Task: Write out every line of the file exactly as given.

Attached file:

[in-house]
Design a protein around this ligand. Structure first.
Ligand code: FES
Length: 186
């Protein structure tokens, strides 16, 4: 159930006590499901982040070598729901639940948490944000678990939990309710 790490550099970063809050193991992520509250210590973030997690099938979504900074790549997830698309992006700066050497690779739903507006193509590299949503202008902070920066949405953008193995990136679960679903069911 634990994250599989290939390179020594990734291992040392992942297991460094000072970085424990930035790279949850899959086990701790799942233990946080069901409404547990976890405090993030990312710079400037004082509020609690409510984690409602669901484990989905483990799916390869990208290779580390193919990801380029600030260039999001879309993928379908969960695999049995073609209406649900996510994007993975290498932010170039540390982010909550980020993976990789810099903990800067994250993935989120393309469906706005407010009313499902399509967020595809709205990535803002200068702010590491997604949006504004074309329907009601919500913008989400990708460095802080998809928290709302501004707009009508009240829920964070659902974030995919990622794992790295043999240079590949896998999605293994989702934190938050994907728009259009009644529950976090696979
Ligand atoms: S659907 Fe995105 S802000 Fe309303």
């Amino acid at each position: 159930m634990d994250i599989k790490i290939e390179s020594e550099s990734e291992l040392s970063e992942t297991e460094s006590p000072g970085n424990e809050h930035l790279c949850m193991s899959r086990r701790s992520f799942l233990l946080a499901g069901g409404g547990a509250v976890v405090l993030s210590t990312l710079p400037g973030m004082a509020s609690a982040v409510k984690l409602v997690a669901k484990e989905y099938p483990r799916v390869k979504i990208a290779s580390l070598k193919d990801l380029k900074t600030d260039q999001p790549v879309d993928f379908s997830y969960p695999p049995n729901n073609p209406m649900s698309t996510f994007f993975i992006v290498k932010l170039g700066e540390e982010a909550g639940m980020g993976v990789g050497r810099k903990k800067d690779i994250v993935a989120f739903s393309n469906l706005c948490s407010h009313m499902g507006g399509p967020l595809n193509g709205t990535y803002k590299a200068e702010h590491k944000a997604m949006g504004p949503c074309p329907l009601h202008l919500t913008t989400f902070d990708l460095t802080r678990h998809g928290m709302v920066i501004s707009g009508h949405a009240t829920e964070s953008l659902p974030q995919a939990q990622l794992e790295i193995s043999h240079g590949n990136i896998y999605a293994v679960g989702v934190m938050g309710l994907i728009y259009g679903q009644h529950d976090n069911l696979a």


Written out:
[in-house]
Design a protein around this ligand. Structure first.
Ligand code: FES
Length: 186
């Protein structure tokens, strides 16, 4: 159930006590499901982040070598729901639940948490944000678990939990309710 790490550099970063809050193991992520509250210590973030997690099938979504900074790549997830698309992006700066050497690779739903507006193509590299949503202008902070920066949405953008193995990136679960679903069911 634990994250599989290939390179020594990734291992040392992942297991460094000072970085424990930035790279949850899959086990701790799942233990946080069901409404547990976890405090993030990312710079400037004082509020609690409510984690409602669901484990989905483990799916390869990208290779580390193919990801380029600030260039999001879309993928379908969960695999049995073609209406649900996510994007993975290498932010170039540390982010909550980020993976990789810099903990800067994250993935989120393309469906706005407010009313499902399509967020595809709205990535803002200068702010590491997604949006504004074309329907009601919500913008989400990708460095802080998809928290709302501004707009009508009240829920964070659902974030995919990622794992790295043999240079590949896998999605293994989702934190938050994907728009259009009644529950976090696979
Ligand atoms: S659907 Fe995105 S802000 Fe309303």
């Amino acid at each position: 159930m634990d994250i599989k790490i290939e390179s020594e550099s990734e291992l040392s970063e992942t297991e460094s006590p000072g970085n424990e809050h930035l790279c949850m193991s899959r086990r701790s992520f799942l233990l946080a499901g069901g409404g547990a509250v976890v405090l993030s210590t990312l710079p400037g973030m004082a509020s609690a982040v409510k984690l409602v997690a669901k484990e989905y099938p483990r799916v390869k979504i990208a290779s580390l070598k193919d990801l380029k900074t600030d260039q999001p790549v879309d993928f379908s997830y969960p695999p049995n729901n073609p209406m649900s698309t996510f994007f993975i992006v290498k932010l170039g700066e540390e982010a909550g639940m980020g993976v990789g050497r810099k903990k800067d690779i994250v993935a989120f739903s393309n469906l706005c948490s407010h009313m499902g507006g399509p967020l595809n193509g709205t990535y803002k590299a200068e702010h590491k944000a997604m949006g504004p949503c074309p329907l009601h202008l919500t913008t989400f902070d990708l460095t802080r678990h998809g928290m709302v920066i501004s707009g009508h949405a009240t829920e964070s953008l659902p974030q995919a939990q990622l794992e790295i193995s043999h240079g590949n990136i896998y999605a293994v679960g989702v934190m938050g309710l994907i728009y259009g679903q009644h529950d976090n069911l696979a």